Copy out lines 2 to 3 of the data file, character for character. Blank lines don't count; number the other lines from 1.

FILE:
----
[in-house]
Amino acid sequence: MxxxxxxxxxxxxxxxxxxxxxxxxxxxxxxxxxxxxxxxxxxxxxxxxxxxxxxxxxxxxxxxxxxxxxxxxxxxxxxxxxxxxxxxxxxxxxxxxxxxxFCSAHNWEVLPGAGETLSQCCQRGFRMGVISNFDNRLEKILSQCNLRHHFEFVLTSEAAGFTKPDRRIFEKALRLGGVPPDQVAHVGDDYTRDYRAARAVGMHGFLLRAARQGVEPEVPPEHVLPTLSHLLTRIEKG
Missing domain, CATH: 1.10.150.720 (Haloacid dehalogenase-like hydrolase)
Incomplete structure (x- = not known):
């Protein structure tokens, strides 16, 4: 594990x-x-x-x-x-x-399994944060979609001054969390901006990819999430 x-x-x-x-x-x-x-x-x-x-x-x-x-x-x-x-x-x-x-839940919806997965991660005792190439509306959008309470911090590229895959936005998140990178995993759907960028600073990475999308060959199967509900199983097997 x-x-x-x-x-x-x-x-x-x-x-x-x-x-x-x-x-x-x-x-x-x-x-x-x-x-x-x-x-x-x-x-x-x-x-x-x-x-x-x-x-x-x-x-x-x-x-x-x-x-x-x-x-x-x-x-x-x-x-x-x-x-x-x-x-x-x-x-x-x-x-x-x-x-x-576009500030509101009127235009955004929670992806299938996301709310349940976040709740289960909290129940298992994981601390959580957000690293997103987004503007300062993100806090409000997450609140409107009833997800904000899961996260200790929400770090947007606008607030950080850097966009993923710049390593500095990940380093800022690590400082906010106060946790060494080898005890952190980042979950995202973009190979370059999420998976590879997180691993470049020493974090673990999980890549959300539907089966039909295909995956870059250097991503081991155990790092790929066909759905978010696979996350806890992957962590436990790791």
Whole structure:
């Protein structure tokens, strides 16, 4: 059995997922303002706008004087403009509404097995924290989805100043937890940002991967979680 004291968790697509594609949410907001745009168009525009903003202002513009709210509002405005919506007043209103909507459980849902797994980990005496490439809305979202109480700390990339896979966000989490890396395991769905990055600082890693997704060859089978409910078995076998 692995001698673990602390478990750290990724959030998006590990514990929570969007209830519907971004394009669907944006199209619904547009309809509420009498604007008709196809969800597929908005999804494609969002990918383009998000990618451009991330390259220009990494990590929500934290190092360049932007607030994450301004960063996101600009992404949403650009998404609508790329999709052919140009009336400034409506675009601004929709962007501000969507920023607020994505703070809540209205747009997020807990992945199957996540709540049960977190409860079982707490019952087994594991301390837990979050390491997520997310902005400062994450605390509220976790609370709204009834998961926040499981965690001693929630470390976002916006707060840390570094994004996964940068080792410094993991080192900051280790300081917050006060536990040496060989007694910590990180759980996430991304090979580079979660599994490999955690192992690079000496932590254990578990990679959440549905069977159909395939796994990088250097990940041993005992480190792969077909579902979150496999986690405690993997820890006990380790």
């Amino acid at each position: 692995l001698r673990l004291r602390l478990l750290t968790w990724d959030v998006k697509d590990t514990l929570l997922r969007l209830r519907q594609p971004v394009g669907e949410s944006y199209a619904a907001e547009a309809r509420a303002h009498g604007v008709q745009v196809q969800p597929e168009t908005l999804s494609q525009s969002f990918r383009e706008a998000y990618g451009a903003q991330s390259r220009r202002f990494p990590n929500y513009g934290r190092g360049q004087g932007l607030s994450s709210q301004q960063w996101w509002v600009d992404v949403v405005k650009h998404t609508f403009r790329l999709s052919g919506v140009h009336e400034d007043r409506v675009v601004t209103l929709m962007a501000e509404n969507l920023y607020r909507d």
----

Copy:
Amino acid sequence: MxxxxxxxxxxxxxxxxxxxxxxxxxxxxxxxxxxxxxxxxxxxxxxxxxxxxxxxxxxxxxxxxxxxxxxxxxxxxxxxxxxxxxxxxxxxxxxxxxxxxFCSAHNWEVLPGAGETLSQCCQRGFRMGVISNFDNRLEKILSQCNLRHHFEFVLTSEAAGFTKPDRRIFEKALRLGGVPPDQVAHVGDDYTRDYRAARAVGMHGFLLRAARQGVEPEVPPEHVLPTLSHLLTRIEKG
Missing domain, CATH: 1.10.150.720 (Haloacid dehalogenase-like hydrolase)